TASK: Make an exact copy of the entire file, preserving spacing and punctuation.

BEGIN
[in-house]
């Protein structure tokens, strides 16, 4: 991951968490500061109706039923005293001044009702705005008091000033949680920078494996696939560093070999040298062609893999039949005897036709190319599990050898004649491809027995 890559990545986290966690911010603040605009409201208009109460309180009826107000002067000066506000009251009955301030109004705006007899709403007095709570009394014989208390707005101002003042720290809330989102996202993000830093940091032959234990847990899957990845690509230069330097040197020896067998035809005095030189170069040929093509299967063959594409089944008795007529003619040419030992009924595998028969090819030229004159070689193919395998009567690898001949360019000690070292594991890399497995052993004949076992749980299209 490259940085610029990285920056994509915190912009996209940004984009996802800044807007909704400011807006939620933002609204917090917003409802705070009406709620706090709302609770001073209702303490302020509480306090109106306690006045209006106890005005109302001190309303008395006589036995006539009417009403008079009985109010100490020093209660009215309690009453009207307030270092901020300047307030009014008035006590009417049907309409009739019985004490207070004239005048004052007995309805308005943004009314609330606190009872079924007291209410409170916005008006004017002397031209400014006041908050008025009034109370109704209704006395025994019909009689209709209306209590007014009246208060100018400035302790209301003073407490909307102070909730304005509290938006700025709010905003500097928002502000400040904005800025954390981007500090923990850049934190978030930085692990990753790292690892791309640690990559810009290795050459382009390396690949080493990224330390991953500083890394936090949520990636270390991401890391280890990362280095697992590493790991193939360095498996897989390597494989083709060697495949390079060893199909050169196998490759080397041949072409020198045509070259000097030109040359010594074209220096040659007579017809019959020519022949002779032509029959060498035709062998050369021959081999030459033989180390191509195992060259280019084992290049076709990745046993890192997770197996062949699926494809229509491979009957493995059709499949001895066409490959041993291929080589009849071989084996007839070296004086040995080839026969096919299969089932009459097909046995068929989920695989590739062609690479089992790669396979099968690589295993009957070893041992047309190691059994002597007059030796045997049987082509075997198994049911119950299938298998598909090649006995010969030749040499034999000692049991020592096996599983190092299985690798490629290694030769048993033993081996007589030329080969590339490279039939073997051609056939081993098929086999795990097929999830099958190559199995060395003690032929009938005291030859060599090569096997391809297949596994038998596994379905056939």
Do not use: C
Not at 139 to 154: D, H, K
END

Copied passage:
[in-house]
């Protein structure tokens, strides 16, 4: 991951968490500061109706039923005293001044009702705005008091000033949680920078494996696939560093070999040298062609893999039949005897036709190319599990050898004649491809027995 890559990545986290966690911010603040605009409201208009109460309180009826107000002067000066506000009251009955301030109004705006007899709403007095709570009394014989208390707005101002003042720290809330989102996202993000830093940091032959234990847990899957990845690509230069330097040197020896067998035809005095030189170069040929093509299967063959594409089944008795007529003619040419030992009924595998028969090819030229004159070689193919395998009567690898001949360019000690070292594991890399497995052993004949076992749980299209 490259940085610029990285920056994509915190912009996209940004984009996802800044807007909704400011807006939620933002609204917090917003409802705070009406709620706090709302609770001073209702303490302020509480306090109106306690006045209006106890005005109302001190309303008395006589036995006539009417009403008079009985109010100490020093209660009215309690009453009207307030270092901020300047307030009014008035006590009417049907309409009739019985004490207070004239005048004052007995309805308005943004009314609330606190009872079924007291209410409170916005008006004017002397031209400014006041908050008025009034109370109704209704006395025994019909009689209709209306209590007014009246208060100018400035302790209301003073407490909307102070909730304005509290938006700025709010905003500097928002502000400040904005800025954390981007500090923990850049934190978030930085692990990753790292690892791309640690990559810009290795050459382009390396690949080493990224330390991953500083890394936090949520990636270390991401890391280890990362280095697992590493790991193939360095498996897989390597494989083709060697495949390079060893199909050169196998490759080397041949072409020198045509070259000097030109040359010594074209220096040659007579017809019959020519022949002779032509029959060498035709062998050369021959081999030459033989180390191509195992060259280019084992290049076709990745046993890192997770197996062949699926494809229509491979009957493995059709499949001895066409490959041993291929080589009849071989084996007839070296004086040995080839026969096919299969089932009459097909046995068929989920695989590739062609690479089992790669396979099968690589295993009957070893041992047309190691059994002597007059030796045997049987082509075997198994049911119950299938298998598909090649006995010969030749040499034999000692049991020592096996599983190092299985690798490629290694030769048993033993081996007589030329080969590339490279039939073997051609056939081993098929086999795990097929999830099958190559199995060395003690032929009938005291030859060599090569096997391809297949596994038998596994379905056939």
Do not use: C
Not at 139 to 154: D, H, K